a1 Laboratory of Biological Modeling, National Institute of Diabetes & Digestive & Kidney Diseases, National Institutes of Health, Bethesda, MD 20892, USA
A theoretical equation was developed by Forbes that quantifies the fat-free proportion of a weight change as a function of the initial body fat. However, Forbes's equation was strictly valid only for infinitesimal weight changes. Here, I extended Forbes's equation to account for the magnitude and direction of macroscopic body weight changes. The new equation was also re-expressed in terms of an alternative representation of body composition change defined by an energy partitioning parameter called the P-ratio. The predictions of the resulting equations compared favourably with data from human underfeeding and overfeeding experiments and accounted for previously unexplained trends in the data. The magnitude of the body weight change had a relatively weak effect on the predicted body composition changes and the results were very similar to Forbes's original equation for modest weight changes. However, for large weight changes, such as the massive weight losses found in patients following bariatric surgery, Forbes's original equation consistently underestimated the fat-free mass loss, as expected. The new equation that accounts for the magnitude of the weight loss provides better predictions of body composition changes in such patients.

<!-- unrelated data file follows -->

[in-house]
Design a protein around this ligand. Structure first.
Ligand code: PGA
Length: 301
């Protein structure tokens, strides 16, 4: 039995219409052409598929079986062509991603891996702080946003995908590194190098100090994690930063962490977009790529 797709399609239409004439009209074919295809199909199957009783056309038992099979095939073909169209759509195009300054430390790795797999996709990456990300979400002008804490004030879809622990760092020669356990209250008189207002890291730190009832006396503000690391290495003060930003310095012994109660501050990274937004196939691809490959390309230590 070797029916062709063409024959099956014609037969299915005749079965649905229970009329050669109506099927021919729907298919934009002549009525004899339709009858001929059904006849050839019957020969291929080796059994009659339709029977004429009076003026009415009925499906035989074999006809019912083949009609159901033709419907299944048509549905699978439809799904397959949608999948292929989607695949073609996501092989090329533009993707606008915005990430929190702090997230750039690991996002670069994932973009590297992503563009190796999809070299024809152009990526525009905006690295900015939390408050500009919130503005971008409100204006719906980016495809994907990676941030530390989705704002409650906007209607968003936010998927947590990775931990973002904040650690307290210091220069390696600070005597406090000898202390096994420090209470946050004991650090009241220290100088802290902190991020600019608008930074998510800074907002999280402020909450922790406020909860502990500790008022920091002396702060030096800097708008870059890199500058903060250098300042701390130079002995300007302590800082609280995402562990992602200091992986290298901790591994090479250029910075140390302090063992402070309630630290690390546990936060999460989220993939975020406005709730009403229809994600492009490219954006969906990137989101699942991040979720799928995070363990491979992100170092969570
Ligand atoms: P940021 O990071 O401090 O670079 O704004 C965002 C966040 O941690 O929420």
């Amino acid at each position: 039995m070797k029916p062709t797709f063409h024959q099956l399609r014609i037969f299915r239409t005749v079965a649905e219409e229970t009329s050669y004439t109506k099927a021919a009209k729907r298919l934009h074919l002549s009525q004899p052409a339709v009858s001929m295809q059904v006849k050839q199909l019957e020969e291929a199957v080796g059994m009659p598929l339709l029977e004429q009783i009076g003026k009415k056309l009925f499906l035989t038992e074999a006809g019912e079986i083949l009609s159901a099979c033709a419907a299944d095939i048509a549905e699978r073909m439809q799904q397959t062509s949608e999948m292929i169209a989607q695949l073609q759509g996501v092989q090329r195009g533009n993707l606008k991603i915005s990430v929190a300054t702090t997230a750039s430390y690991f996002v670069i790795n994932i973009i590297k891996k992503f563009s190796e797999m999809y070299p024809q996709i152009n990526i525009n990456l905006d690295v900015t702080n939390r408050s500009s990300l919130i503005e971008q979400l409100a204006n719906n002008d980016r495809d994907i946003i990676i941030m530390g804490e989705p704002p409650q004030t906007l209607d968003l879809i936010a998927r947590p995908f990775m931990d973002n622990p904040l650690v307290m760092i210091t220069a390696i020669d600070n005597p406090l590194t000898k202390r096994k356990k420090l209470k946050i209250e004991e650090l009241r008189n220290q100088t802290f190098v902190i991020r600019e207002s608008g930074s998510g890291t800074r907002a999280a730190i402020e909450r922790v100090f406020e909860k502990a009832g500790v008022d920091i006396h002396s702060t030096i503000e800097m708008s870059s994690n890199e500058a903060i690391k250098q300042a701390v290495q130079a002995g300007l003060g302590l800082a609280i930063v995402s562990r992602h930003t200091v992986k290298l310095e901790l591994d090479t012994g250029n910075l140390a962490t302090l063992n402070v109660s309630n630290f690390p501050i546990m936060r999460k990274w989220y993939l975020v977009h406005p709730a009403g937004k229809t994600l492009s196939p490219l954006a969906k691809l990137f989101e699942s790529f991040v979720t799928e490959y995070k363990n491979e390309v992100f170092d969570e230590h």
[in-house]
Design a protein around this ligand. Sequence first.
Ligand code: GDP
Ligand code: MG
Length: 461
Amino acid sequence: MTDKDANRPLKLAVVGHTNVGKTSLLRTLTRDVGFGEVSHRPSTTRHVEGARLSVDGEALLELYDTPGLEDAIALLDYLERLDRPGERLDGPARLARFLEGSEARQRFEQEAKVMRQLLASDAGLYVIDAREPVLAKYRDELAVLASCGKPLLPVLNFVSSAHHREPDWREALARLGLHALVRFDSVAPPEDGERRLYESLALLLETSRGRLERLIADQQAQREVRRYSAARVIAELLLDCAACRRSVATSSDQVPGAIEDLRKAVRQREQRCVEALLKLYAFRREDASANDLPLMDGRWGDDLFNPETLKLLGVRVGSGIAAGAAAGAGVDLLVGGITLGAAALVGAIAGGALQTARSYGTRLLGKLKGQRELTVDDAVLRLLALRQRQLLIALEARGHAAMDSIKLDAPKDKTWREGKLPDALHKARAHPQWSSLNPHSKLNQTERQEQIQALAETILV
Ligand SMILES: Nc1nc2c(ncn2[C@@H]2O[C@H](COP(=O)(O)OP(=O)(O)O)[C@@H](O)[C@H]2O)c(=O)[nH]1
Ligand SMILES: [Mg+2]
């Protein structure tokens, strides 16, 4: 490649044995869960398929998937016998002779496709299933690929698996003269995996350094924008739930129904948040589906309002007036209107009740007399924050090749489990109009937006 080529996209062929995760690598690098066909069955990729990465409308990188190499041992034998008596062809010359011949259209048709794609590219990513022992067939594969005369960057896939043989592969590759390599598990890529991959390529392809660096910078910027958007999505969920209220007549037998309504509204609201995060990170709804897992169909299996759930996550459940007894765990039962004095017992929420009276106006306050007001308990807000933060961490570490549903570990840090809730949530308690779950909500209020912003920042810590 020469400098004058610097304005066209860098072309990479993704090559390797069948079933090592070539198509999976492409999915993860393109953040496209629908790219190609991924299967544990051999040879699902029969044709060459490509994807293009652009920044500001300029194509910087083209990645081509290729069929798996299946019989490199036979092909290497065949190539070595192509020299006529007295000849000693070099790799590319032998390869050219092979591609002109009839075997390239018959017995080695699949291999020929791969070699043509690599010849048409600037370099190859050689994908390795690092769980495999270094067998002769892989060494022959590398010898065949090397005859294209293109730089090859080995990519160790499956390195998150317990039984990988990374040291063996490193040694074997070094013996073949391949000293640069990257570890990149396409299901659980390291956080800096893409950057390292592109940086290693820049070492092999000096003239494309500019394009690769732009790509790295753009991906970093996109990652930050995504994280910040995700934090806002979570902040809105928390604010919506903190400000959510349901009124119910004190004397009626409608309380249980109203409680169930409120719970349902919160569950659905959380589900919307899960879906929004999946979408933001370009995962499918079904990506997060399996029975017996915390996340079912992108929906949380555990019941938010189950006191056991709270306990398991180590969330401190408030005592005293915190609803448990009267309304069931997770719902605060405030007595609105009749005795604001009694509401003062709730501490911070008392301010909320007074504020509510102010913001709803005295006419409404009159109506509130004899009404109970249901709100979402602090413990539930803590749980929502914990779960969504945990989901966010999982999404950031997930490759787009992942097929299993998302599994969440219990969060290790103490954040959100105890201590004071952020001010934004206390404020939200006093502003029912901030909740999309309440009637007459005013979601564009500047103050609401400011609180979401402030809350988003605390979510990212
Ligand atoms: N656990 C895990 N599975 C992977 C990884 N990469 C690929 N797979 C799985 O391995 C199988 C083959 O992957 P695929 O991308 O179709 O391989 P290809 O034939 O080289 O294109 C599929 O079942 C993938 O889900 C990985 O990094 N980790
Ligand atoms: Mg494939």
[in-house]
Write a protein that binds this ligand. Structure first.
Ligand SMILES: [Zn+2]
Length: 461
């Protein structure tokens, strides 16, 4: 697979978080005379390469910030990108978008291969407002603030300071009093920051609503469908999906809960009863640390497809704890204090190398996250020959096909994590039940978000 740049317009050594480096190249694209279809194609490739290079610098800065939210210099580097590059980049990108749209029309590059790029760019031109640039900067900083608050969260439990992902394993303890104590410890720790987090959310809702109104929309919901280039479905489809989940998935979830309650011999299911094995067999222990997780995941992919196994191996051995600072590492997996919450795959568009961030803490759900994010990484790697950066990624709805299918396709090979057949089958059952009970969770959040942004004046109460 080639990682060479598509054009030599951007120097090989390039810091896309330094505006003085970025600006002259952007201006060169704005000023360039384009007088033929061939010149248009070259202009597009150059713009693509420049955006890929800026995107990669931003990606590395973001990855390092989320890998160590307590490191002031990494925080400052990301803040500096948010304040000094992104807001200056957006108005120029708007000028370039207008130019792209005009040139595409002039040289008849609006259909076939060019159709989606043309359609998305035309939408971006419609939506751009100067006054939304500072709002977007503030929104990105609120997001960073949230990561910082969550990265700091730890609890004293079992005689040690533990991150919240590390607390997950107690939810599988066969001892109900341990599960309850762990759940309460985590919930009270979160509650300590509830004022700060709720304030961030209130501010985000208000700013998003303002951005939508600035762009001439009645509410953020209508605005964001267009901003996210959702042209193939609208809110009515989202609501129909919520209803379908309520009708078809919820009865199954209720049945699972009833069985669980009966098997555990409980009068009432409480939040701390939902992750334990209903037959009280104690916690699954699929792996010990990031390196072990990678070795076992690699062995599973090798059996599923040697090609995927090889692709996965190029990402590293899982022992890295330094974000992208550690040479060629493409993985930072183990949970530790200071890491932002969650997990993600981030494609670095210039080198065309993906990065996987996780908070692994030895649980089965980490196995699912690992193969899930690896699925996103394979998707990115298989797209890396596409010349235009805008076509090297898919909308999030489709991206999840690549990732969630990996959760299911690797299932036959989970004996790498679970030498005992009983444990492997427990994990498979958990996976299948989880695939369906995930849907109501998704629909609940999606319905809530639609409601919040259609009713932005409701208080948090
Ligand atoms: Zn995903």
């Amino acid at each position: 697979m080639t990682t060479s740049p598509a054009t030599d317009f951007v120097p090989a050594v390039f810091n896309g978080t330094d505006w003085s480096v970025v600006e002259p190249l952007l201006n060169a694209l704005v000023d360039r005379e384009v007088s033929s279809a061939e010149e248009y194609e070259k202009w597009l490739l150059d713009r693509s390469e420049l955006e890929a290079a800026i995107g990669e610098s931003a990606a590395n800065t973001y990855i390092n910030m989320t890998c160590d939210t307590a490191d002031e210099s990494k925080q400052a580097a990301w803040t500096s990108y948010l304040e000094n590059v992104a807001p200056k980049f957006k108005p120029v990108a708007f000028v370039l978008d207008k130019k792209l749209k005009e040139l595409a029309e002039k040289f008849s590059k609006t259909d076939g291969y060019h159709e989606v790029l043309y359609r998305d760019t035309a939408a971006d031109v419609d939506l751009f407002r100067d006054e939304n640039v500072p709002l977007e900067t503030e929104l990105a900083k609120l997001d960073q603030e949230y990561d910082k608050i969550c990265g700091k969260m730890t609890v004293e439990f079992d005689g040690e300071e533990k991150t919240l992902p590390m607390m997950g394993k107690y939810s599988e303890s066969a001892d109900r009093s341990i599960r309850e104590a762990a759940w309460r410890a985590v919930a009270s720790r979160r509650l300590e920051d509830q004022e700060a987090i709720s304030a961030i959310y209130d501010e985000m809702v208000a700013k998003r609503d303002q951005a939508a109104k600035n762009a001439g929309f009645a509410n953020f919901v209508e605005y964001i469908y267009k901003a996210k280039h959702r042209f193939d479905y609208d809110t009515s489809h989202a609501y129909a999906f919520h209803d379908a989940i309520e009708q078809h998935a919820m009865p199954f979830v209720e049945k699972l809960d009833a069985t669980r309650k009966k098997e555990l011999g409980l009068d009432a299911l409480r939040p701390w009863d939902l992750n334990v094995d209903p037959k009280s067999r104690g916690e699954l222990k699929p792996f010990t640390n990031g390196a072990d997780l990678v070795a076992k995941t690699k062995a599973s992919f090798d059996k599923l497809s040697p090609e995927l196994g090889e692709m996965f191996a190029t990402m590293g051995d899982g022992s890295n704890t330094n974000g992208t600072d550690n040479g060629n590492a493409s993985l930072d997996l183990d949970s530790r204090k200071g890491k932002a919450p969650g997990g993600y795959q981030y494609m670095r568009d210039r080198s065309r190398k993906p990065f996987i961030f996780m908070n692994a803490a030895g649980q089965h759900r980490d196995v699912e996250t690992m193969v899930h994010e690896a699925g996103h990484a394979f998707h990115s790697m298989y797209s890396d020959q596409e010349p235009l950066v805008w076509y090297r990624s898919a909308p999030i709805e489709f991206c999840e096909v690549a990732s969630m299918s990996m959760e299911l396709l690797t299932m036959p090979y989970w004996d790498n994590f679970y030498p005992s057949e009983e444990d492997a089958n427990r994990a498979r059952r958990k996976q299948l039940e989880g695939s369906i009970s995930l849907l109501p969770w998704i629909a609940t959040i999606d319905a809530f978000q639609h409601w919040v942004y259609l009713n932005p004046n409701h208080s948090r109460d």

(Received September 08 2006)
(Revised December 06 2006)
(Accepted December 17 2006)
Abbreviations: BW, body weight; FFM, fat-free mass; FM, fat mass.